Before you can take care of hyperinflation, you need to get air out.
There are many ways to define neutrality, but for the respiration-minded, it means the diaphragm can contract without the expense of extension. This is specifically important in the spine, but the whole system extends.
I would pay you for your right lung because at least I can use it.
If you can’t use your right lung, you aren’t neutral. Until you figure out how to use it, you’re lifting weight even when you aren’t weightlifting.
We talk about these more abstract concepts a lot (Heidi Wise had a good piece on the PRI Vision blog). You can’t “feel” the floor. Your body feels heavy. You feel slow.
Picture someone who can’t find a reference. They grind their teeth at night. They like when their shoulder clicks. They can’t get off their right leg. These people use their extensors to pull their feet away from the floor and their heads down onto their thorax. These people can’t feel the floor. They feel heavy. They can’t laugh. They can’t enjoy music. Ron had a case study of a roofer who was having these problems.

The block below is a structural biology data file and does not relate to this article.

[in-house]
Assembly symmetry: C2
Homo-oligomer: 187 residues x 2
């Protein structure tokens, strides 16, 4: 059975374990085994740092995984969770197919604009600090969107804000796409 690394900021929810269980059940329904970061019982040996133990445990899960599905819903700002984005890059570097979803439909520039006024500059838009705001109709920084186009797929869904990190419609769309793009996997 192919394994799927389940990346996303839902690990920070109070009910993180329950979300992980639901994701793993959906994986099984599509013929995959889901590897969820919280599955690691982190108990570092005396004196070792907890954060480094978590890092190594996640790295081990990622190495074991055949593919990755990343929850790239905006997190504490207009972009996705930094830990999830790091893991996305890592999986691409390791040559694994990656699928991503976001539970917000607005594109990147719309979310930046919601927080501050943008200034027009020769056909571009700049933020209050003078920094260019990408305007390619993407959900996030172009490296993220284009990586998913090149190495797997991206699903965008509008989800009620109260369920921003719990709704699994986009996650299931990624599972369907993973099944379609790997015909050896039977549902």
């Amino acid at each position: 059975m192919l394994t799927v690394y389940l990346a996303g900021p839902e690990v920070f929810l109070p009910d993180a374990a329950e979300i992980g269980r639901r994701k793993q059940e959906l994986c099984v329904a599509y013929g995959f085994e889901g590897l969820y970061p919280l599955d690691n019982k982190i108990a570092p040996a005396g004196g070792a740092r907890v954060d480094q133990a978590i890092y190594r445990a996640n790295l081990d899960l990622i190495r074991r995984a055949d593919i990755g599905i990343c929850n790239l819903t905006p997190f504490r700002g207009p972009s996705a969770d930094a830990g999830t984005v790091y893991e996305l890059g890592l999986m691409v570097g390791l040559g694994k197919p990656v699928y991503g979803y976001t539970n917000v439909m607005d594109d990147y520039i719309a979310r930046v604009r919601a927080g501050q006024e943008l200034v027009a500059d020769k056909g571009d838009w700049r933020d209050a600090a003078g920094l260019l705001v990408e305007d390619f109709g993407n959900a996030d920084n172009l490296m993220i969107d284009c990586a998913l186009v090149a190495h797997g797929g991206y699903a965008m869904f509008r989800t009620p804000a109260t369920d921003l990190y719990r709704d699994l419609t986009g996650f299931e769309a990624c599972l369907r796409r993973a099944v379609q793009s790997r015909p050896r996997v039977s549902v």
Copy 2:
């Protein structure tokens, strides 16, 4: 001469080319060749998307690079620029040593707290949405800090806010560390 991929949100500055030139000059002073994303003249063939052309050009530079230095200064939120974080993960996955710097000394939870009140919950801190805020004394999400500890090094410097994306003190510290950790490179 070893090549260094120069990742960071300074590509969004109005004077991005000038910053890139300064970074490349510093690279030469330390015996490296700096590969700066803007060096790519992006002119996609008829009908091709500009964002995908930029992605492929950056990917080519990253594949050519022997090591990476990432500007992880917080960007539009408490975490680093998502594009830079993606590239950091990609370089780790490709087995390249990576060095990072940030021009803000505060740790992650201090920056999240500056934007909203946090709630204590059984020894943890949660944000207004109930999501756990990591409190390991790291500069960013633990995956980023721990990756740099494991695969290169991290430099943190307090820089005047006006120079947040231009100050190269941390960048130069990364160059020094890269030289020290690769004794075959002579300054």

There are a lot of roofers out there sitting behind keyboards. They’re called repetition.
Why would I help this person get their strength back if they can’t use it?
If you’re going to change a pattern with a pattern, you will fail.
It is the position that shuts off the the system; a position that isn’t threatening. You can’t restore neutrality without position, and that must come first.
A Cootie Bug Thorax
She is not a patellofemoral, shoulder, etc. patient. You treat that and you’ve failed.
Ron loves the cootie bug toy because in order to play with a cootie bug, you need a thorax first.
Pedestrian walking requires a cootie bug thorax.
Gait that isn’t alternating (i.e. you’re using a right leg and a left kickstand instead of two legs) leads to an overactive neck.
Create left cootie bugs.